Software interface and functions
- How should I choose the right storage?
- What do the colors of recognized partitions mean?
- Why is my disk missing from the list of connected storages?
- Why does the identified disk size differ from the actual one?
- How can I open a disk image to use it instead of the original storage?
- How do I set up the parameters for scanning?
- If I saved the scan result right after the procedure, do I need the scanned storage anymore?
- How can I find the files I need?
- What can I do if some files are missing?
- Where can I save the recovered data?
- How can I save the recovered data to a network location? I don’t see it in the list of target storages.
How should I choose the right storage?
UFS Explorer automatically detects and presents all devices attached to the local computer in the left pane. You can click on any device in the list to see its properties, like type, name, capacity and others. If the physical drive is divided into several logical partitions, the software displays these partitions under the drive with the information about the applied file system and its accessibility (if available). You can click on the partition to see the rest of its properties. Choose the partition matching your criteria to start the scanning operation. It is also possible to scan the whole drive if you cannot find the partition with your lost data or it looks damaged.
Virtually assembled complex RAID-based storages and composite volumes can be recognized by special icons while their constituents will be also listed separately as stand-alone drives. Certain specific storage technologies may also be marked with special labels.
What do the colors of recognized partitions mean?
The color of a partition tells about the result of the basic test of its file system. A green partition is most likely to be intact, a yellow one may have certain issues while a red one is most probably was seriously damaged.
Why is my disk missing from the list of connected storages?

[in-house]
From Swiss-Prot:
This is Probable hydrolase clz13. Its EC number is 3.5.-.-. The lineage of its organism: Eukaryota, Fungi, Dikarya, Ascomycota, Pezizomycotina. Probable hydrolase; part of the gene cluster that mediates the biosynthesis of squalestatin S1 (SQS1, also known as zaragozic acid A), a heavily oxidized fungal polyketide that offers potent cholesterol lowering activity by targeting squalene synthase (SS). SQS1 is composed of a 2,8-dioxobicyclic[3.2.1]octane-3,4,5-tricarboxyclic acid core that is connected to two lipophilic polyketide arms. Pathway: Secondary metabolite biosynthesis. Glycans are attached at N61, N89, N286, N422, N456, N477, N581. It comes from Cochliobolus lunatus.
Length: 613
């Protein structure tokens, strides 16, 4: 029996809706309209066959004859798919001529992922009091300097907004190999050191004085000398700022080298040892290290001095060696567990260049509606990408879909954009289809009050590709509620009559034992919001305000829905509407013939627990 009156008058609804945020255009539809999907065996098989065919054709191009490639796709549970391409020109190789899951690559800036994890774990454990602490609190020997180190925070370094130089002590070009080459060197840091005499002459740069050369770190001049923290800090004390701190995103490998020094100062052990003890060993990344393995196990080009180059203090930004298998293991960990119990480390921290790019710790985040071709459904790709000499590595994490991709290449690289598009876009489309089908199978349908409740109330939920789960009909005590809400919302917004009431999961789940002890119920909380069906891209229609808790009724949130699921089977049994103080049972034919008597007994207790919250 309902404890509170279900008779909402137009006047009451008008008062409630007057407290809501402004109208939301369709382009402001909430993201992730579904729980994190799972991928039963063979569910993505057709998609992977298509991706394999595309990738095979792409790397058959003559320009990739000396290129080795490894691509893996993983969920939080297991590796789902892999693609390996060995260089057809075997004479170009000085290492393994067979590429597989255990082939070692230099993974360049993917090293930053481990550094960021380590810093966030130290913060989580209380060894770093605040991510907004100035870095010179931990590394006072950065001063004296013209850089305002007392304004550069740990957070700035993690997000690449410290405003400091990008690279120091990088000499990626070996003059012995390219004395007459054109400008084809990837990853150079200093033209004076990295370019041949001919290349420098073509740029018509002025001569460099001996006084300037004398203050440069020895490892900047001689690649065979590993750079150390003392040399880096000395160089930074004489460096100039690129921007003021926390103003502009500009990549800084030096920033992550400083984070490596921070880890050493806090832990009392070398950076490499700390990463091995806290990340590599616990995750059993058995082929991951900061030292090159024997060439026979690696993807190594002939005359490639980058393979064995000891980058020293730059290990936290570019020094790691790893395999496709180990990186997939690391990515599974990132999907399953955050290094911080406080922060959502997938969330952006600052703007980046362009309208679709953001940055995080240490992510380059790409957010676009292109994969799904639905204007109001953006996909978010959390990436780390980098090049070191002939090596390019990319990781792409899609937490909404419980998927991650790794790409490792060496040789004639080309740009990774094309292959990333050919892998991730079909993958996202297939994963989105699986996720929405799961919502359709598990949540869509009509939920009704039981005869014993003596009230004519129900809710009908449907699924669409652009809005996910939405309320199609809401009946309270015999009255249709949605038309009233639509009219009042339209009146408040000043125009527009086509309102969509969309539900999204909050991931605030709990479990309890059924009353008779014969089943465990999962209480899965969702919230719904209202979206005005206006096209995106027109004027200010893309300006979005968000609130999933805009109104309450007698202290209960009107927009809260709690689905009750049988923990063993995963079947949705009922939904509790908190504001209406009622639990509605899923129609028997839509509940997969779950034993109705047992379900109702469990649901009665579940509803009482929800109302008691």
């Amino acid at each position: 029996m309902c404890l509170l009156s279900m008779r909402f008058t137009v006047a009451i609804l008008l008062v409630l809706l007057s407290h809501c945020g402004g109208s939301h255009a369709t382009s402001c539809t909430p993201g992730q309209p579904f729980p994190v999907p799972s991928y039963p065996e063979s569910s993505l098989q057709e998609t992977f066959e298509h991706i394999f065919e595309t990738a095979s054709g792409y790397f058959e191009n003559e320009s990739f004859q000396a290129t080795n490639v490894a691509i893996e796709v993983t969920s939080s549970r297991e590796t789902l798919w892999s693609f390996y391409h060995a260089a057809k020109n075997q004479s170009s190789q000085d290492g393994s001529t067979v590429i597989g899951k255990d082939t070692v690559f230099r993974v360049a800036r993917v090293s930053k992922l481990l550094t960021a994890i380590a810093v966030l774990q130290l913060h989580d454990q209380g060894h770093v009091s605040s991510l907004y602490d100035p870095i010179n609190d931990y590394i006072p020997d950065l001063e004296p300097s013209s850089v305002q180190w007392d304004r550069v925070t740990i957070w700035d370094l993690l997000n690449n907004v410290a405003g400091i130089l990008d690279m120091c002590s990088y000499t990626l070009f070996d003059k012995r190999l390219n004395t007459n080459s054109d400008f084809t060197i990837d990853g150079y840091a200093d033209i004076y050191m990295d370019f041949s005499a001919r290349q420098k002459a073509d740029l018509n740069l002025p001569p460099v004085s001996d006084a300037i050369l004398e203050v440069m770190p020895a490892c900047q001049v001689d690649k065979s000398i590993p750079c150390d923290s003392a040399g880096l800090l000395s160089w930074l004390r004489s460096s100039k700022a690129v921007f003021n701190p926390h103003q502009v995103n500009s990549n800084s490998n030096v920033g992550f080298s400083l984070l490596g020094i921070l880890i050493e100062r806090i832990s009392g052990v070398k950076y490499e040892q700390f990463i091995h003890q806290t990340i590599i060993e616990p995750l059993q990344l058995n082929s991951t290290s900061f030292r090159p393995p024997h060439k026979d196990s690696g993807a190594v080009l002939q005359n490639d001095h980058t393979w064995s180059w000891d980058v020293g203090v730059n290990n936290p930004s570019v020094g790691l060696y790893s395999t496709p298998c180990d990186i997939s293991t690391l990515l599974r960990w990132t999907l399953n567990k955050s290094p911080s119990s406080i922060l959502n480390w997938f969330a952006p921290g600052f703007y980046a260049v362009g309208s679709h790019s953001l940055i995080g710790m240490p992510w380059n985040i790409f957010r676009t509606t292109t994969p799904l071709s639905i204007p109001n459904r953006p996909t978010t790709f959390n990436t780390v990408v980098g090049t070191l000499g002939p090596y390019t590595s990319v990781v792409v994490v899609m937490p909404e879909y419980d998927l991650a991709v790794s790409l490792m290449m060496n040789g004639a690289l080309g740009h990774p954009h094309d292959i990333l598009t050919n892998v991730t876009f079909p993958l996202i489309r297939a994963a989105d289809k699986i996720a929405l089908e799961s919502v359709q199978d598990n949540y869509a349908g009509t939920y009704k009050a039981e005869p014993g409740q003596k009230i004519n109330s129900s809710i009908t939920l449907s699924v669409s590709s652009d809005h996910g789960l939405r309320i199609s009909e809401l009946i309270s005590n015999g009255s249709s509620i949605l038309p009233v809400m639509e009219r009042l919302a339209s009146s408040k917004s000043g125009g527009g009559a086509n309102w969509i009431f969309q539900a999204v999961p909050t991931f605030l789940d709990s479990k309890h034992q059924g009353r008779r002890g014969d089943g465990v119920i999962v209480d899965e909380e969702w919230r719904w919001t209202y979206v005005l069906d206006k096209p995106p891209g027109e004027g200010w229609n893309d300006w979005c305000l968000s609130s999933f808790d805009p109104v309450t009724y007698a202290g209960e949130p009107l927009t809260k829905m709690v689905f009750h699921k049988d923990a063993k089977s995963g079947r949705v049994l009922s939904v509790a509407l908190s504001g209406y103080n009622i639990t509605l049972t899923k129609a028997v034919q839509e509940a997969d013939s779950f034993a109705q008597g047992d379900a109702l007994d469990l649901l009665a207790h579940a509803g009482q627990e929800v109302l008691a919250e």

Please refresh the list of connected storages to let the UFS Explorer update the information about the newly connected devices. If the program doesn’t detect a hard disk drive, see to it that the device is properly attached to the computer: check the data connector and the power supply cable, ensure that they are connected firmly to the hard drive and have no breaks. In case of a USB-drive, try using a neighboring USB slot. Also, make sure that the drive is recognized in BIOS and the driver software is properly installed for the disk device/adapter.
If everything is intact except for the disk, there may be issues with the storage itself and you should contact a reliable data recovery center.
Why does the identified disk size differ from the actual one?
The issue may be caused by the storage connector. The bridge chip of the adapter may be incapable of transferring data located at large addresses because of its data transmission ability. That is why disk sizes displayed in UFS Explorer can differ from the real ones. The same problem may also arise with internal drives in case of a poor bandwidth of an old motherboard.
How can I open a disk image to use it instead of the original storage?
Use the "Open" tool from the main menu to mount the disk image in the list of connected storages. After that, the opened disk image file can be processed in the software like any conventional storage device.
How do I set up the parameters for scanning?